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Rick Scott Cedar Key

Rick Scott: “I want everybody to get back to normal”

in Statewide by

Tallahassee residents should expect their power on within the next week, officials said Friday night at a Hurricane Hermine Response Roundtable Discussion.

Gov. Rick Scott convened a conference room full of local government, law enforcement and utility representatives at the state’s Emergency Operations Center.

Teams are working around the clock to restore electricity and ensure public safety, they said.

“In Tallahassee, we’ve got a lot of people without power, and that’s a problem,” the governor told the room.

He was told that utility crews are working first on transmission problems, the big towers and wires that carry juice from power plants to substations that then deliver electricity to homes and businesses.

By Saturday and Sunday, residents should start seeing more trucks and linemen along city thoroughfares and in neighborhoods.

Leon County Sheriff Mike Wood and others also assured the governor they were mindful of security, both from looting and any theft of the many generators across Tallahassee that are powering things like traffic signals.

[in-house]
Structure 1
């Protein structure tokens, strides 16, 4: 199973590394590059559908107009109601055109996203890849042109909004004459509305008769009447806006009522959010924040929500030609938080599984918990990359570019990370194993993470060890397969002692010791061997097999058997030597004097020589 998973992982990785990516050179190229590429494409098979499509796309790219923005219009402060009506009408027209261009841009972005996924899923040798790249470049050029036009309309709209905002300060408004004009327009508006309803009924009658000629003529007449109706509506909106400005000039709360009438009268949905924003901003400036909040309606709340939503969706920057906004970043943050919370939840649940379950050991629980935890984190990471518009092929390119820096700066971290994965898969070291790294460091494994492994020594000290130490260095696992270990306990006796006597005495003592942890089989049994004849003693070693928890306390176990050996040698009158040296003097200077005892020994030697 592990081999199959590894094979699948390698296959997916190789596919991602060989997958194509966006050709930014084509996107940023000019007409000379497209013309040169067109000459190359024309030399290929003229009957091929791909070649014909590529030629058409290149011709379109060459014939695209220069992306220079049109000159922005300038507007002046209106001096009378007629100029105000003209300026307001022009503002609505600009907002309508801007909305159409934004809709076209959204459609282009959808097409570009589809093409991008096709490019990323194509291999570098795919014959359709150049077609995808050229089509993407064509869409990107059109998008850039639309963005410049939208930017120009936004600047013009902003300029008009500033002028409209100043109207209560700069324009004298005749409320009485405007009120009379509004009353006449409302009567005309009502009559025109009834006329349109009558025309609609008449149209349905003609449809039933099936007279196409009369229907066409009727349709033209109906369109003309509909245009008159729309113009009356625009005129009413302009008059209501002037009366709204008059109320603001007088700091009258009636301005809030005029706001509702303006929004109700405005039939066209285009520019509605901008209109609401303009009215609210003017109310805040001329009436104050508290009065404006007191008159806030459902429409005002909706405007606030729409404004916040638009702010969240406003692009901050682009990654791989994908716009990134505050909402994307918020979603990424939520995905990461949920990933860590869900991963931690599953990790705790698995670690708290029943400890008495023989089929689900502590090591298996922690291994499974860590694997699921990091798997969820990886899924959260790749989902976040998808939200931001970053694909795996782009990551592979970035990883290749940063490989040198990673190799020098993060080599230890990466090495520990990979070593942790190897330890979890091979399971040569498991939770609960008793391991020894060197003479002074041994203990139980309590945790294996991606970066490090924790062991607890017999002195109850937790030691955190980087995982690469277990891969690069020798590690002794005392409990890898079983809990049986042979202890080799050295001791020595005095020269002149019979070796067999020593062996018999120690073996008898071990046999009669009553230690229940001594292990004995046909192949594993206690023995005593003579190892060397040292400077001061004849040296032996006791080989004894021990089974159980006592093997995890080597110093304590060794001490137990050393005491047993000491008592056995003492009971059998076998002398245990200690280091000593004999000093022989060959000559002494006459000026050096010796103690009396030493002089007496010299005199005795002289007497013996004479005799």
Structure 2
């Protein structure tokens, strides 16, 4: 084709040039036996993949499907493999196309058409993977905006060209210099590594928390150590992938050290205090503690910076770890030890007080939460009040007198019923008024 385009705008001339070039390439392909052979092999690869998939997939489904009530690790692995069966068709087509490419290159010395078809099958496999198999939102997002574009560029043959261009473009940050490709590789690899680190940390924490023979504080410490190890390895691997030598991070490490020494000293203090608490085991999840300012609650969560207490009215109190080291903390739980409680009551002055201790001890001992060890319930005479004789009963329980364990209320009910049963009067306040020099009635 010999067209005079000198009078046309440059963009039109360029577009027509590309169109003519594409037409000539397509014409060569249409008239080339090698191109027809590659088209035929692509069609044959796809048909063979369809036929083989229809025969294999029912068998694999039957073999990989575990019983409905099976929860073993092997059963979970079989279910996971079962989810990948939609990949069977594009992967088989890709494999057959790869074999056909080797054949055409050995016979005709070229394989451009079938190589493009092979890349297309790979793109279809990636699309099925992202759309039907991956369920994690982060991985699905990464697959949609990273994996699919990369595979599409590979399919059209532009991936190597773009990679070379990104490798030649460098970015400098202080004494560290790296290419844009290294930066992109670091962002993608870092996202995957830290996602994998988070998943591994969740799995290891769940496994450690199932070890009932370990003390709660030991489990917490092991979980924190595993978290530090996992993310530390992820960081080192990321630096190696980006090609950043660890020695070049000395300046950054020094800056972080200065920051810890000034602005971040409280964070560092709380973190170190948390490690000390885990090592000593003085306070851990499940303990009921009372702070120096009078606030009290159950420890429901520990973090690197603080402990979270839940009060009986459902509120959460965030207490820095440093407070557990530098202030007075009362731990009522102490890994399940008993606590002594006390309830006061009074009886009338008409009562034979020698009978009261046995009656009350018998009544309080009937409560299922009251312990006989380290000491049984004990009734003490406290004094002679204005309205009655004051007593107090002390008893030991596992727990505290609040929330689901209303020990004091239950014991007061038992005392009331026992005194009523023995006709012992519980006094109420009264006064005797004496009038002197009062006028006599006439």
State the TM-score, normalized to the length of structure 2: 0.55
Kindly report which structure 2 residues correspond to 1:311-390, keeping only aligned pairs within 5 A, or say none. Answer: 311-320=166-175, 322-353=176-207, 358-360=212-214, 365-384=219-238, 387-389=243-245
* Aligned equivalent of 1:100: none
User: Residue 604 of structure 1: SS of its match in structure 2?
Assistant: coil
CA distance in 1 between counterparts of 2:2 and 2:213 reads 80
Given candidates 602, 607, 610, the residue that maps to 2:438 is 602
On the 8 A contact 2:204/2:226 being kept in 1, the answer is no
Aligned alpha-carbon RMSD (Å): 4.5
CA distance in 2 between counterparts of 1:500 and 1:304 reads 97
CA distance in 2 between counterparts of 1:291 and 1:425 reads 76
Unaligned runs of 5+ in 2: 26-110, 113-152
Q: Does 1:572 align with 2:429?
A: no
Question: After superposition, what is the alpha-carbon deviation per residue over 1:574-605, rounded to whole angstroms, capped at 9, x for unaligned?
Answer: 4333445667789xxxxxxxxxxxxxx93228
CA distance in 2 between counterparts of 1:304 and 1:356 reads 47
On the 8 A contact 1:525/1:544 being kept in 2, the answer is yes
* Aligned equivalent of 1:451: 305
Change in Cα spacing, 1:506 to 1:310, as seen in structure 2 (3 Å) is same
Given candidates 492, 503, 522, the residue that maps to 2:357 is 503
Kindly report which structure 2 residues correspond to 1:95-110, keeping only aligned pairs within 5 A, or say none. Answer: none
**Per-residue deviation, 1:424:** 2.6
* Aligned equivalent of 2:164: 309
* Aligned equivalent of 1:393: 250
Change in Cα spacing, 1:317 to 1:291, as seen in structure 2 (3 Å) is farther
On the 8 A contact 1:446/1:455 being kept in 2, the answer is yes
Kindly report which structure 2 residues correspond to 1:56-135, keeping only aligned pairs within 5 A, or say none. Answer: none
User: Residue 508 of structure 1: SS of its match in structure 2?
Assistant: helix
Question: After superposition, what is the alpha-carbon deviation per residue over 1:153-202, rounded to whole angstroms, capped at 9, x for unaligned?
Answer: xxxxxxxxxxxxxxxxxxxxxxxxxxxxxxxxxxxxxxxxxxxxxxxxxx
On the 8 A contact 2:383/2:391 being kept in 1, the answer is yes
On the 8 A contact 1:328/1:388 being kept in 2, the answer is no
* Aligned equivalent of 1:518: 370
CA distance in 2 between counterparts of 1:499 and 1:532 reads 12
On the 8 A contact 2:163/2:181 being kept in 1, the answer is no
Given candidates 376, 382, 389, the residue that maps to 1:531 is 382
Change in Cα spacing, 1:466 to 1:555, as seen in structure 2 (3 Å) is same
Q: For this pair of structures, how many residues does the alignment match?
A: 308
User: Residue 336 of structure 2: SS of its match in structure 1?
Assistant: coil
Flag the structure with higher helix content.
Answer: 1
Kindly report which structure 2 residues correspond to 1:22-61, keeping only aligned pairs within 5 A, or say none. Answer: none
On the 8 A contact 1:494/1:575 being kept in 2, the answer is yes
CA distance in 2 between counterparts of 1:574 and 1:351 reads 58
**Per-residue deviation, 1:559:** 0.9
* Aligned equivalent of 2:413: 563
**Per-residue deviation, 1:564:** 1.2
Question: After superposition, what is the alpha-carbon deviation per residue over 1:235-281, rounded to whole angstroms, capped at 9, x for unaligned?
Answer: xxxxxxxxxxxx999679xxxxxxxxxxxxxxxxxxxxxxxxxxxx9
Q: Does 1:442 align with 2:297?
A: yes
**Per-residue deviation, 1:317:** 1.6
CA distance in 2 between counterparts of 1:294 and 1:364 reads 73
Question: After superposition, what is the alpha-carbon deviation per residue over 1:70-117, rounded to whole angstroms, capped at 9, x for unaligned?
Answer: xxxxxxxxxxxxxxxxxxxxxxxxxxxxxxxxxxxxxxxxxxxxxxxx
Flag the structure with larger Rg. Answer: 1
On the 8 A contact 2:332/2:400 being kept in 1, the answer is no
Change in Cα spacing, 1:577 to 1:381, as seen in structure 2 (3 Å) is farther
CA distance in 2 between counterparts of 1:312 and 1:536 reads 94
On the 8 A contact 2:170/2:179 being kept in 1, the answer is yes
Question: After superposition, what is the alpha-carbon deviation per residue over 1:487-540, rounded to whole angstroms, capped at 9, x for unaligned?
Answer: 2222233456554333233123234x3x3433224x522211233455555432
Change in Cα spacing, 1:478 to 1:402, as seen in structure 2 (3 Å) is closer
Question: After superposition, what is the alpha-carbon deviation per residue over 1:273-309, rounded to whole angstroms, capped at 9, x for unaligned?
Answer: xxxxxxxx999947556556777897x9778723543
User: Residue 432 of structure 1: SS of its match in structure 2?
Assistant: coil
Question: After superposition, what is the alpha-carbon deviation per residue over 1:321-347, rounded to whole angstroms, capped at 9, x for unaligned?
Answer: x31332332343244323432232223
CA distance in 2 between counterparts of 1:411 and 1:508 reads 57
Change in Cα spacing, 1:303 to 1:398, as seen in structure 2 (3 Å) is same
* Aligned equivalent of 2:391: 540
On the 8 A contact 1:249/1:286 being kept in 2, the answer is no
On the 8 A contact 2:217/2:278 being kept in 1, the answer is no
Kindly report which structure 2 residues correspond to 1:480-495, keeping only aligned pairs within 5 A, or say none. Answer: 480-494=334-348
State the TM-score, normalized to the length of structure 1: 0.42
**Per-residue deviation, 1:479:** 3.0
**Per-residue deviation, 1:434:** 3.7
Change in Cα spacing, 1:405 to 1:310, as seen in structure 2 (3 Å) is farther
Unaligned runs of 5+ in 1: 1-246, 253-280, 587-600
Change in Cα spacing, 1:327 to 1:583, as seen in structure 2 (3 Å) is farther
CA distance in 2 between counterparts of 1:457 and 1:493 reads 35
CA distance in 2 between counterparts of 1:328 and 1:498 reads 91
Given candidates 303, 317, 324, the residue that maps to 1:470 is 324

Scott, however, said he was unaware of any reports of looting in the city. He also said any curfews that might be imposed the longer the power stays out would be decided by local authorities.

Earlier in the day, Scott toured parts of the state affected by the storm, walking through sections of Tallahassee and traveling down to Cedar Key.

During the various briefings, Scott focused on one thing: How can I help?

“Is there anything that anybody needs?” he asked toward the end of the meeting. So far, everyone said they were good, though Scott made everyone share names and numbers so they could contact each other directly.

“I want everybody to get their electricity back as soon as possible,” Scott told reporters after the meeting. “I want everybody to be safe. I want everybody to get back to normal.”

A video of Friday night’s briefing can be replayed here.

Before joining Florida Politics, journalist and attorney James Rosica was state government reporter for The Tampa Tribune. He attended journalism school in Washington, D.C., working at dailies and weekly papers in Philadelphia after graduation. Rosica joined the Tallahassee Democrat in 1997, later moving to the courts beat, where he reported on the 2000 presidential recount. In 2005, Rosica left journalism to attend law school in Philadelphia, afterwards working part time for a public-interest law firm. Returning to writing, he covered three legislative sessions in Tallahassee for The Associated Press, before joining the Tribune’s re-opened Tallahassee bureau in 2013. He can be reached at

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